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Honoring the Universal Declaration of Human Rights at 75
4 MINUTE READ
December 10, 2023

Honoring the Universal Declaration of Human Rights at 75

Children at the United Nations International Nursery School look at a poster of the Universal Declaration of Human Rights. (© Universal History Archive/Getty Images)

 

The Universal Declaration of Human Rights (UDHR), ratified 75 years ago on December 10, 1948, for the first time articulated the rights and freedoms to which every person is entitled.

At the first United Nations General Assembly session in 1946, the newly formed organization proposed the creation of a document that would promote universal respect for human rights and fundamental freedoms.

“All human beings are born free and equal in dignity and rights,” reads the first article of the UDHR. “They are endowed with reason and conscience and should act toward one another in a spirit of brotherhood.”

U.S. President Harry S. Truman speaks at the first United Nations General Assembly in 1946. (© Paul Popper/Popperfoto/Getty Images)

 

Influenced by the core values at the heart of the U.S. Constitution, the UDHR affirmed that “the equal and inalienable rights of all members of the human family is the foundation of freedom, justice and peace in the world.”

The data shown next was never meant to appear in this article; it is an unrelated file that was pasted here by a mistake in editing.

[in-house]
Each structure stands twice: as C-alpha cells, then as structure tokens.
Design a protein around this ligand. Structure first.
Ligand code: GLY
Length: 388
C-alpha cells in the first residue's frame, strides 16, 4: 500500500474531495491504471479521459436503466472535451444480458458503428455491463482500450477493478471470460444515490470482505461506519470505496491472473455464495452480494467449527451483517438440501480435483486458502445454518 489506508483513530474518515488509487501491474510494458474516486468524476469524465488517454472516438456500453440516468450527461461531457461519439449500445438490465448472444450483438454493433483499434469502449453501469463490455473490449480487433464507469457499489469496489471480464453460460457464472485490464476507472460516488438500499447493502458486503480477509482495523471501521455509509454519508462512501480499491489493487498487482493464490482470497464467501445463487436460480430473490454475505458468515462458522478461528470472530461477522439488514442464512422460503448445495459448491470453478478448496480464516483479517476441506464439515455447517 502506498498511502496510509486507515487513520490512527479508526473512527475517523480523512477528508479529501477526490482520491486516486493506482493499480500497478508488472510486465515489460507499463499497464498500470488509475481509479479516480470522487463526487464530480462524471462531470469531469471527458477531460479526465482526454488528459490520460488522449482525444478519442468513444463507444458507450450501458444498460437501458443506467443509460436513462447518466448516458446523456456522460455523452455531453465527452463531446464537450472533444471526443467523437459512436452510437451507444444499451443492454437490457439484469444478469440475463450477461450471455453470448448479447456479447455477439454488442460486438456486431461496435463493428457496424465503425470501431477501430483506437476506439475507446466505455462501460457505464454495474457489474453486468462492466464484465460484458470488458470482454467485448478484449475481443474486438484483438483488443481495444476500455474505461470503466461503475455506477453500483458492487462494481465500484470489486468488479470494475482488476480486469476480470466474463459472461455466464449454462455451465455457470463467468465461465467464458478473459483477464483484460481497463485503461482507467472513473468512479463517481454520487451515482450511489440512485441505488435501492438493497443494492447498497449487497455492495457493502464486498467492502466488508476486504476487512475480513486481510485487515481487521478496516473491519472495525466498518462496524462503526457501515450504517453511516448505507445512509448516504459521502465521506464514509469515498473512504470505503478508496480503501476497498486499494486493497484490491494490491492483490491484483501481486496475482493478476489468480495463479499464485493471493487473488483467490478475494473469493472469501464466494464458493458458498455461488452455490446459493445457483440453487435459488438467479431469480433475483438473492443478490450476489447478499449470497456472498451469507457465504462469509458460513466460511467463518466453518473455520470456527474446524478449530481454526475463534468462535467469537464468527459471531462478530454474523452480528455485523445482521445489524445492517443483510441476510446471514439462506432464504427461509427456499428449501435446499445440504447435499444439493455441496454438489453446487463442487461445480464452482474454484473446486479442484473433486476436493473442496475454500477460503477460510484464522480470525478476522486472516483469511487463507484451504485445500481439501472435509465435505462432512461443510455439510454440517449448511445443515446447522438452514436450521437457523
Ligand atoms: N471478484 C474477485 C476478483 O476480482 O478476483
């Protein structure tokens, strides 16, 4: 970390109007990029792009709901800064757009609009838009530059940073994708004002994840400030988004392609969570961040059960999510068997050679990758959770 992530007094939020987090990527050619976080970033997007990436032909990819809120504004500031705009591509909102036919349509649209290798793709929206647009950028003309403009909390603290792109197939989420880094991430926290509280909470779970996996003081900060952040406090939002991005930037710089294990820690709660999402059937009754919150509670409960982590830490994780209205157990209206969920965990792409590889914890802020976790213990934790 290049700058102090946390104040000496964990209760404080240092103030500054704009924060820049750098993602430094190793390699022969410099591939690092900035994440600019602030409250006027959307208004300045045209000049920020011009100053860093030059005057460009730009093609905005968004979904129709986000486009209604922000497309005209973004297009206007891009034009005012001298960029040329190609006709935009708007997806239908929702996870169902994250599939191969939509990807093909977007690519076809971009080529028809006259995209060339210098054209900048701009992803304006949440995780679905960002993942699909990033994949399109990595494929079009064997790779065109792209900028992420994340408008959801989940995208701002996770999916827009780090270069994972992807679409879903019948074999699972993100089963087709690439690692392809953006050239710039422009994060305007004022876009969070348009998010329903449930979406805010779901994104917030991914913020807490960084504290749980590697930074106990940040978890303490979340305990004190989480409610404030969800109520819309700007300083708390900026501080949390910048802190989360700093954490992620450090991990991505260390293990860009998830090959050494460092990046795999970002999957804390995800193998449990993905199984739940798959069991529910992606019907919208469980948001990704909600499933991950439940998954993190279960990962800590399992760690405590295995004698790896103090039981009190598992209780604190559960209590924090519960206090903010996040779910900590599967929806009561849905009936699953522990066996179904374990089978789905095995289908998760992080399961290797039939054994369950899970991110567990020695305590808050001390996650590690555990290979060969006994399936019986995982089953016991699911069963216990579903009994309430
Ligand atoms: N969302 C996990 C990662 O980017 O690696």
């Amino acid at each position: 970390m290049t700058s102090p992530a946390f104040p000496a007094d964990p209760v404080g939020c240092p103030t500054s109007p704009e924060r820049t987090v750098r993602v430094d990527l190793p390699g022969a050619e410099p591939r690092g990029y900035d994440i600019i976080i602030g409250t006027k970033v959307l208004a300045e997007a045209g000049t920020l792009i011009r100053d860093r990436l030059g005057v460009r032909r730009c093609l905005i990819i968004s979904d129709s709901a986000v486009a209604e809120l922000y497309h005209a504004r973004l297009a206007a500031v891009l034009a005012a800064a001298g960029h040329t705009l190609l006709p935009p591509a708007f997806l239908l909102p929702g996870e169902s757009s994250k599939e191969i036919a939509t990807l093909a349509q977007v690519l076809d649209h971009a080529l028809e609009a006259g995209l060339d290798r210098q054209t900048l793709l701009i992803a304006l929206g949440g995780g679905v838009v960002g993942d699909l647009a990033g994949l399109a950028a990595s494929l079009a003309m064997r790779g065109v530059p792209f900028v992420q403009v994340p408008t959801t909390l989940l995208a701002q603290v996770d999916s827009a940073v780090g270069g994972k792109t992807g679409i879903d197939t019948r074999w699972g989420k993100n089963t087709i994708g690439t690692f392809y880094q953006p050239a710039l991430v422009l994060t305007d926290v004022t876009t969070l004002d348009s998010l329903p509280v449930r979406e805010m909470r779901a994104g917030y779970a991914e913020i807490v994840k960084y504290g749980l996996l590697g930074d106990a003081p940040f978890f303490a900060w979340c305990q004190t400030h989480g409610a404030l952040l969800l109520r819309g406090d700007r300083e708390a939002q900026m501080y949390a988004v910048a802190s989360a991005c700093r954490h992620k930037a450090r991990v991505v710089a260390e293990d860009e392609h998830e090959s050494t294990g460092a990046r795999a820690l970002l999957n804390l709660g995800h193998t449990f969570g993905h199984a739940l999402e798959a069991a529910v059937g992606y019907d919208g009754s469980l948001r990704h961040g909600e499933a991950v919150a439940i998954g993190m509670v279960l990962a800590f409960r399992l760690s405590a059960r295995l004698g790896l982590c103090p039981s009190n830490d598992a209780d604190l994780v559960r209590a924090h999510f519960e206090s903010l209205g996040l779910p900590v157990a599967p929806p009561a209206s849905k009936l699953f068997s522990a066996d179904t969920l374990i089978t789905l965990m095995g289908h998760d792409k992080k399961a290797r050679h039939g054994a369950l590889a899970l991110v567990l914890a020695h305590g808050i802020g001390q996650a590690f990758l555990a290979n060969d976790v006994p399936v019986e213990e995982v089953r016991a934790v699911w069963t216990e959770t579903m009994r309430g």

Former U.S. first lady Eleanor Roosevelt chaired the U.N. Human Rights Commission, which was tasked with creating the framework for the document.

Roosevelt worked with the 17 other members of the commission, including representatives from France, Lebanon, China and Canada, to create the UDHR over the course of two years.

Former U.S. first lady Eleanor Roosevelt listens through headphones during a conference at the temporary U.N. headquarters at Lake Success, New York. Roosevelt chaired the U.N. Human Rights Commission. (© Keystone/Getty Images)

 

Under Roosevelt’s leadership and guided by American principles of liberty and freedom, the U.N. ratified the UDHR. Available in more than 500 languages, the UDHR is the most translated document in the world.

Championing human rights — and the defenders of those rights — remains a U.S. government priority. The Department of State’s Global Human Rights Defender Awards, issued annually, honor people around the world who have shown leadership and courage while promoting human rights and fundamental freedoms.

“The United States has worked to make real our own commitment to the Universal Declaration on Human Rights — both here at home but also around the world,” Secretary of State Antony Blinken said at a December 7 meeting of human rights advocates in Washington. “Defending human rights, affirming human dignity, simply put, reflects our values, reflects who we are.”